The invisible visual effects of Sicario 2: Day of the Soldado

CG isn't just for superheroes: see how cutting-edge digital trickery is used even in ultra-realistic movies.

Richard Trenholm
Benicio Del Toro
1 of 29 Richard Foreman/Sony Pictures

Benicio Del Toro

We're used to superhero blockbusters with eye-popping effects. But did you know even grounded, realistic-seeming movies like Sicario: Day of the Soldado, aka Sicario 2, are jammed with computer-generated (CG) effects you're not even meant to notice?

Effects company Rodeo FX worked on Sicario, and these before-and-after photos show how it used CG to invisibly alter locations and give the filmmakers the flexibility to tell their story.

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An empty 'plate'...

This is what's known as a "plate." It's a shot of actors or vehicles at a real location, and it serves as a clean starting point for the next stage in the filmmaking process.

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...gets piled high

And that next stage is adding the effects! In this case Rodeo turned the empty background into an army base that demonstrates American military might.

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For this shot of a military convoy crossing the US-Mexican border, the filmmakers built a portion of the border-crossing with blue screens in the background.

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To the vanishing point

The blue screens could be digitally replaced with a new background. The small section of the border-crossing that was built for real was also extended, making it look bigger. This is called digital set extension.

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Real hangar

Here's another plate filmed at a real location.

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Virtual props

And here, subtle additions let the filmmakers add vehicles and props that'd be too expensive to bring in for real.

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From airport...

CG allows filmmakers more flexibility in choosing locations.

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...to airbase

Because subtle digital effects can be used to make the locations perfect.

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The plains

Effects can also help create small but important shots that would've been expensive.

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The plane

Here, the effects studio digitally added a combat drone.

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Digital simulation of a digital view

Some shots are entirely digital, like this overhead view.

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The previous, computer-like view was built digitally from a real-world shot.

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From boulevard...

CG is used more often than you think, in movies and increasingly in TV.

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...to building

Real locations are often tweaked to make them fit the story or, for example, to add period details.

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Borderlands revisited

This plate shows another view of the small border-crossing set.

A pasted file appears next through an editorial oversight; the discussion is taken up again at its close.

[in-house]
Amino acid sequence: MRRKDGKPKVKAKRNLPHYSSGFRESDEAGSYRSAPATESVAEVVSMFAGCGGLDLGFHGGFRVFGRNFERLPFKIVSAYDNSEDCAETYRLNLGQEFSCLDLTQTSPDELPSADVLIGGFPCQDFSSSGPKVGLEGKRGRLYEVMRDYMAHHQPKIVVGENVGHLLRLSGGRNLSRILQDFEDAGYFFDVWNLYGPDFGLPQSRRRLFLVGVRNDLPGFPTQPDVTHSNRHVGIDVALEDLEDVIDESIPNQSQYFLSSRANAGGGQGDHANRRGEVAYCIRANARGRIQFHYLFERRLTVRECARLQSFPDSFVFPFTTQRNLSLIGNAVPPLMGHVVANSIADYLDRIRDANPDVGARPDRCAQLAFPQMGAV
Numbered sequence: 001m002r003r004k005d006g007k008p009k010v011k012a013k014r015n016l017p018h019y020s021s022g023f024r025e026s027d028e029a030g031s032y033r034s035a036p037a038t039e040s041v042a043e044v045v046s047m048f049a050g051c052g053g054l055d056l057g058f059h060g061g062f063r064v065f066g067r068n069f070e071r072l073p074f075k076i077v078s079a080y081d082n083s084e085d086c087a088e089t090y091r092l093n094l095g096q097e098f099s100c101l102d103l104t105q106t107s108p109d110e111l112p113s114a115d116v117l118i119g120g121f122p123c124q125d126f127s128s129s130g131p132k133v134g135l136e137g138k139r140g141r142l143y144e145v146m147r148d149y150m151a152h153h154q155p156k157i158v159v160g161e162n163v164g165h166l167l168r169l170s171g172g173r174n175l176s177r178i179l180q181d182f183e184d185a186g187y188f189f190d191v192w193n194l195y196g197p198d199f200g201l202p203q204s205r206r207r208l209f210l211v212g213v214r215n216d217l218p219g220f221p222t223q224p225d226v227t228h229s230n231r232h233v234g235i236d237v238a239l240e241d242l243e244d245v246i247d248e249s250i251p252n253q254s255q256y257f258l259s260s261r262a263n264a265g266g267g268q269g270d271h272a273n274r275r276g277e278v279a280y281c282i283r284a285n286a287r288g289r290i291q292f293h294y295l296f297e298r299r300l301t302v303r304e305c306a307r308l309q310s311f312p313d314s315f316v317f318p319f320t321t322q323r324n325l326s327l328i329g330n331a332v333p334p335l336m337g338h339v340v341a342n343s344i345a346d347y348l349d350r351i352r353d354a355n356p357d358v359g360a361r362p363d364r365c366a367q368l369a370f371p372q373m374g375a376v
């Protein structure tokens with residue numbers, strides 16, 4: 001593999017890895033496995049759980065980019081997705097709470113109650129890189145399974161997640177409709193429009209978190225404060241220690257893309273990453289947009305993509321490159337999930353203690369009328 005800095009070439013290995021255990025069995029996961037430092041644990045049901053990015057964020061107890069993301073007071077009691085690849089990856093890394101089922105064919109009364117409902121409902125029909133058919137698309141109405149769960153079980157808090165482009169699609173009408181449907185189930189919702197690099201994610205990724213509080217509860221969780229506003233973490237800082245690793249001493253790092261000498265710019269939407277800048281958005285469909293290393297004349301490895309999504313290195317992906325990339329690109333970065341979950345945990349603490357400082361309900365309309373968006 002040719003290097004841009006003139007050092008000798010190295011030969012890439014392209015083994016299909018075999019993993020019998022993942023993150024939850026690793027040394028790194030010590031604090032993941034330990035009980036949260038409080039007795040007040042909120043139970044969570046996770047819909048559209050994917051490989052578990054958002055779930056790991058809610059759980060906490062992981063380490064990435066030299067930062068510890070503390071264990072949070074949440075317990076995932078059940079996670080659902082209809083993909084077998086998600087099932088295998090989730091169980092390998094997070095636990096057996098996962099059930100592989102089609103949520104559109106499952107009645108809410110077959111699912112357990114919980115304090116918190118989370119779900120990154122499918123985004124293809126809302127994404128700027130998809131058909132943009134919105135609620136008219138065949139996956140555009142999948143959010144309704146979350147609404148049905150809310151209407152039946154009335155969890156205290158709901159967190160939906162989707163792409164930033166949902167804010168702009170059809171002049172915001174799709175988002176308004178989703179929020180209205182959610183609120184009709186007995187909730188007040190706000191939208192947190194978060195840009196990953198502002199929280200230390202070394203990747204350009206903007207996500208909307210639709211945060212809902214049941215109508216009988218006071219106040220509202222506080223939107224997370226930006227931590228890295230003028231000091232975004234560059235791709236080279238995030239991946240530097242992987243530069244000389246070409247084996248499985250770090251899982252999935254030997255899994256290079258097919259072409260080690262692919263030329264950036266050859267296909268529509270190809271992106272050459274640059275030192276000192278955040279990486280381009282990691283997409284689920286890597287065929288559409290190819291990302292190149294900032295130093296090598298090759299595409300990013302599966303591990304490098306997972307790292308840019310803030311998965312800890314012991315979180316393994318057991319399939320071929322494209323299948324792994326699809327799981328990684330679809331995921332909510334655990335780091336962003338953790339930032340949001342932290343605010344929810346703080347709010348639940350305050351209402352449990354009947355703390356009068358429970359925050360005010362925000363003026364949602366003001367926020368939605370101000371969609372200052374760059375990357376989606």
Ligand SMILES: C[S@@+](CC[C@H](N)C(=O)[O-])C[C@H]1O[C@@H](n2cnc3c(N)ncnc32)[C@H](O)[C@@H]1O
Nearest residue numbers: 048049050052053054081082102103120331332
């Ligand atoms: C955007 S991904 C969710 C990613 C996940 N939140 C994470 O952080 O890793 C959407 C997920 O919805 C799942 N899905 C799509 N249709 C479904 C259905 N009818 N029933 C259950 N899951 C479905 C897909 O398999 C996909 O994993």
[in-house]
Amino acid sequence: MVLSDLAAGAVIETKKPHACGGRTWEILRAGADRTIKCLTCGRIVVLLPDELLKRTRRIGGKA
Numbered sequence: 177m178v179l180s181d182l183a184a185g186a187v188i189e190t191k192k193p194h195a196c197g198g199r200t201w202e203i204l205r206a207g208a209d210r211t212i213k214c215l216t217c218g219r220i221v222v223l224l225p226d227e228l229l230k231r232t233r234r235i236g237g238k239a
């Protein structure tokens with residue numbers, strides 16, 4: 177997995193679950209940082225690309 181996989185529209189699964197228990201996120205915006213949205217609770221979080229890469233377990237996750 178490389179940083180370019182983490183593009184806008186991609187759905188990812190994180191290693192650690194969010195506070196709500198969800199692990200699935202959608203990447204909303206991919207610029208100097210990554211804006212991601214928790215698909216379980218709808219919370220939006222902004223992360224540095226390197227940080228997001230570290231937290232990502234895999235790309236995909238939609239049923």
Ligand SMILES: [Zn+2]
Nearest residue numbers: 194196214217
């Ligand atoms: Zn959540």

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Obviously, sets can be digitally built-out to an impressive extent.

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Old-fashioned blast

Even when action is shot for real, with real vehicles and explosions, digital effects can make things even more spectacular.

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CG missile trail

Flaming wreckage and the streak of a rocket are digitally inserted.

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Now you see it

As well as adding things, CG can be used to remove stuff you're not meant to see.

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Now you don't

Presto: Wires and camera equipment have vanished.

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CG lets filmmakers completely transform a shot, shooting something like this helicopter in an easier way.

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...for night

And then converting to the appearance of nighttime, which would've been more difficult to achieve by actually flying at night.

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Anatomy of a shot

The movie begins with a devastating shot lasting more than a minute, which proved to be FX studio Rodeo's biggest challenge. 

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Slight tweaks

Rodeo began by augmenting the real location with CG.

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Before the blast

The filmmakers couldn't blow up the actual location.

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Digital mayhem

They instead turned to software that uses algorithms to realistically simulate explosions, flying debris and smoke.

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Visual effects go through various stages, starting with rough animations to cut down on computer processing. Each shot is rendered into its final high-definition form only when everyone is happy.

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CG fallout

Even though this shot lasts for just over a minute, it took Rodeo nearly a year to complete.

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